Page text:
Southwest Tennessee Community College awarded $2.1M grant to close academic achievement gaps between White students and students of color

More than 7,500 Southwest students will be impacted annually over the next five years through enhanced equity in teaching and learning.

For more information, contact: Diana Fedinec, Director of Public Relations and Media (901) 333-4247

The Strengthening Institutions Program (SIP) recently announced Southwest Tennessee Community College has been awarded a federal Title III grant of more than $2.1 million to foster equity and inclusion and student success through IDEAS—Inclusive Design for Equity in Academic Success.

The SIP Grant will provide funds over a five-year period to support Southwest’s ongoing efforts to close equity and academic achievement gaps between White students and students of color in course success, retention and graduation.  Set to launch spring 2020, IDEAS will focus on enhancing teaching and learning by providing culturally responsive and supplemental instruction to students in core courses that are critical to completion with an emphasis on those courses that have a 30 percent or higher failure rate. The goal is to foster student success and close achievement gaps through focused instruction, professional academic advising, peer mentoring/coaching, tutoring or supplemental instruction, and high impact practices infused throughout the curriculum. Each year, more than 75 percent of Southwest students enroll in these courses, also known as gatekeeper courses.

The grant also provides funds for faculty to receive equity and inclusion professional development and training that will focus on best practices for redesigning courses using race-conscious, culturally responsive course design methods, while integrating an academic/growth mindset approach to teaching and learning.

“Our strategic focus is to help our students overcome their academic, financial and life challenges to earn a credential,” Southwest President Dr. Tracy D. Hall said. “This grant provides critical funding that will empower Southwest to continue its mission to increase upward social mobility for area residents with transformative education that prepares them for the workforce or continued education at the university level.”

Associate Vice President for Retention and Student Success Dr. Jacqueline Taylor helped design IDEAS. She says the grant award is a testament to the equity-minded student success work that permeates Southwest’s culture and strategic direction.  “IDEAS embraces a logic model that incorporates intentional focus on equity and inclusion in teaching and learning. This grant affords us the strategic ability to achieve critical gains in academic and holistic student success outcomes. For us, higher education truly is a social justice issue that requires the courageous and committed work outlined in this IDEAS grant.”

Dr. Taylor says IDEAS will tackle achievement disparities over the next five years by:

  1. Increasing the College’s professional academic advising capacity by approximately 20 percent, an approach launched two years ago that has played a vital role in the College doubling its graduation rate and increasing the number of associate degrees awarded by 13 percent in 2017;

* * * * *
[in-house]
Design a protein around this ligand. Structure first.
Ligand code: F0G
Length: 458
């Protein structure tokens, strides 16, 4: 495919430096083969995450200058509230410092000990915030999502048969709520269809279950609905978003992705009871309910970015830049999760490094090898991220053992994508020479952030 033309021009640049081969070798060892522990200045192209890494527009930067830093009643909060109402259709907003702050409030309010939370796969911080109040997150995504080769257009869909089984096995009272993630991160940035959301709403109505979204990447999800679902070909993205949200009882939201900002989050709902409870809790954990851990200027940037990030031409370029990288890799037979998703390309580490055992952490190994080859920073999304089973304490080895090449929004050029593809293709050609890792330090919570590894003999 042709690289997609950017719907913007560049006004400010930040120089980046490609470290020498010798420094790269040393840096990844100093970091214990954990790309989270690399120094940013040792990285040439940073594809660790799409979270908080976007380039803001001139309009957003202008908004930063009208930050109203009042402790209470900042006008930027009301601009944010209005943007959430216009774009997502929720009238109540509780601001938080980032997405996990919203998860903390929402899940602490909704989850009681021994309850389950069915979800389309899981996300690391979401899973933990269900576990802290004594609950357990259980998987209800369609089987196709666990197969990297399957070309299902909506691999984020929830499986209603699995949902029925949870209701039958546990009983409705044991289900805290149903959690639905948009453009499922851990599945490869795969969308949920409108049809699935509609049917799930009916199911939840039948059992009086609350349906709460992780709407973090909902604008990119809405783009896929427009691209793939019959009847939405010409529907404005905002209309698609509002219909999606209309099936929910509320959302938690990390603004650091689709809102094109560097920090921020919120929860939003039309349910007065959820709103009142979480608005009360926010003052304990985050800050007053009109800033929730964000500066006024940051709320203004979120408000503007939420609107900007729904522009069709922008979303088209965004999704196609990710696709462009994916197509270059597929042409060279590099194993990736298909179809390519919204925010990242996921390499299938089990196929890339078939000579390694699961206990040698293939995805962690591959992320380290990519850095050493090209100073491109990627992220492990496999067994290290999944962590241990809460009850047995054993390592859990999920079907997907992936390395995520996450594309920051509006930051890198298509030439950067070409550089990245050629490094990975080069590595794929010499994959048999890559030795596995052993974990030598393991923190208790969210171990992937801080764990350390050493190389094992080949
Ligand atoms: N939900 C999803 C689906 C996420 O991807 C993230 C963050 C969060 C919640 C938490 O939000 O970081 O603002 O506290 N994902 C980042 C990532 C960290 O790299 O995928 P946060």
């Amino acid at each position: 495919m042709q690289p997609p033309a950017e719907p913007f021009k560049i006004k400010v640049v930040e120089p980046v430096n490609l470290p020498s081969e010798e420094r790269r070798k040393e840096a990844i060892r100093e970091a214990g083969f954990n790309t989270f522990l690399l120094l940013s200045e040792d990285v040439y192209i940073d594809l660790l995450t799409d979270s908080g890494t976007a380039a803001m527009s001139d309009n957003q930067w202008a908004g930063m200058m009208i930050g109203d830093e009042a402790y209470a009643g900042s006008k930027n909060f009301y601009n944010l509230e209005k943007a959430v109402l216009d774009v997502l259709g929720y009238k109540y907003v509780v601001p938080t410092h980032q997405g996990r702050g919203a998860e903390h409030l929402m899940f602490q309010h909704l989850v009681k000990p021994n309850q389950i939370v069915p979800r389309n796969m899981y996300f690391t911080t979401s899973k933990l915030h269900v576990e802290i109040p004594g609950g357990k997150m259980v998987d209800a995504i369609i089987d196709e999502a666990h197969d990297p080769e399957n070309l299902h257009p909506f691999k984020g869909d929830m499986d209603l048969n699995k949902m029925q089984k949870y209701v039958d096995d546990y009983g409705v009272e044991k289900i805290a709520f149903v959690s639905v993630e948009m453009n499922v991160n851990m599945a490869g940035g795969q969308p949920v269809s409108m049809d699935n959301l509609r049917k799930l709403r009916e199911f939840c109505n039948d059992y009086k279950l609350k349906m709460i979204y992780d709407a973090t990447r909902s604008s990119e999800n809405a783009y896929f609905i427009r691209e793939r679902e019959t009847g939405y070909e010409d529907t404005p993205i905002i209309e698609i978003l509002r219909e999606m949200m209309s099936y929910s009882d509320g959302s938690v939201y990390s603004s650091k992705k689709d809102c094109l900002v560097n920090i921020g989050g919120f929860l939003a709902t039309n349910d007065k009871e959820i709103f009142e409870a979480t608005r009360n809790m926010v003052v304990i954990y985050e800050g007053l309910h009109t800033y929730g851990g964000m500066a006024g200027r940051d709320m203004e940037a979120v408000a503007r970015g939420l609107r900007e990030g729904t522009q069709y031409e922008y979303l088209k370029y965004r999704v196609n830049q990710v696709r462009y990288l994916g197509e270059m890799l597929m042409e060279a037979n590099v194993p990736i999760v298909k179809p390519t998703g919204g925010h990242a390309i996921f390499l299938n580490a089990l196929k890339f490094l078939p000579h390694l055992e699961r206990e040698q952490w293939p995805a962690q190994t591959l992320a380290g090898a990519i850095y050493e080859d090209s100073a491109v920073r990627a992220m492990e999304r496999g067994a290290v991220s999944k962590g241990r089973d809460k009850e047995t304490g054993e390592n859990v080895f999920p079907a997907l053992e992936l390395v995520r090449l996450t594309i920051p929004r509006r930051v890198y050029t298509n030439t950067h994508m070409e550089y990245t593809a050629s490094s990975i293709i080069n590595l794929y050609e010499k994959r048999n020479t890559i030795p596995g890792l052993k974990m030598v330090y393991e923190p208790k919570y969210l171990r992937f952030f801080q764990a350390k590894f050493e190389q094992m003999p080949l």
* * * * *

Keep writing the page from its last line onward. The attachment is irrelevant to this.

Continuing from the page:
2. Increasing group tutoring or supplemental instruction, coaching and peer mentoring in and for core courses, also known as gatekeeper courses, that have a failure rate of 30 percent or higher—interventions that are estimated to help the College close achievement gaps by at least 10 percent over the next 5 years.
  3. Increasing professional development opportunities for faculty that focus on culturally responsive teaching methods to promote greater student engagement in the classroom, including six additional sessions (2 per semester) on course redesign and equity and inclusion in teaching and learning;
  4. Increasing by 15 percent the number of courses that employ High Impact Practices and Innovation (HIPI) methods, a program that promotes evidenced-based, equitable and high-quality, high-impact student centered teaching and learning—the first of its kind in the state of Tennessee; and
  5. Democratizing accurate College data to promote data-informed decisions throughout the College. 

Awarded by the U.S. Department of Education, the Title III-Strengthening Institutions Program was established by the No Child Left Behind legislation to help post-secondary schools expand the capacity to serve low-income students by providing funds to improve and strengthen their academic quality, institutional management, and fiscal stability, as well as build a framework to help students complete college.

"This grant will allow Southwest to build on its Achieving the Dream work to transform the student experience,” Taylor said.  “As an ATD college, a critical part of our work is approaching student success holistically through wrap-around support services—from enrollment to completion. Thus, Southwest is dedicated to transformative equity work to foster success inside and outside the classroom.  These funds will enable us to scale this work up even more and help more students achieve their dreams and life goals.”

Hall adds that the grant will have a profound impact on the success of Southwest overall.  “Student success is directly linked to Southwest success.  When we foster greater equity in teaching and learning and close achievement gaps, our students succeed in greater numbers and that translates into better financial stability for Southwest through outcomes-based funding,” she said. “When our students succeed, so does the greater community when these same students emerge as graduates who are ready for the next level in the workplace and education. Everyone wins.”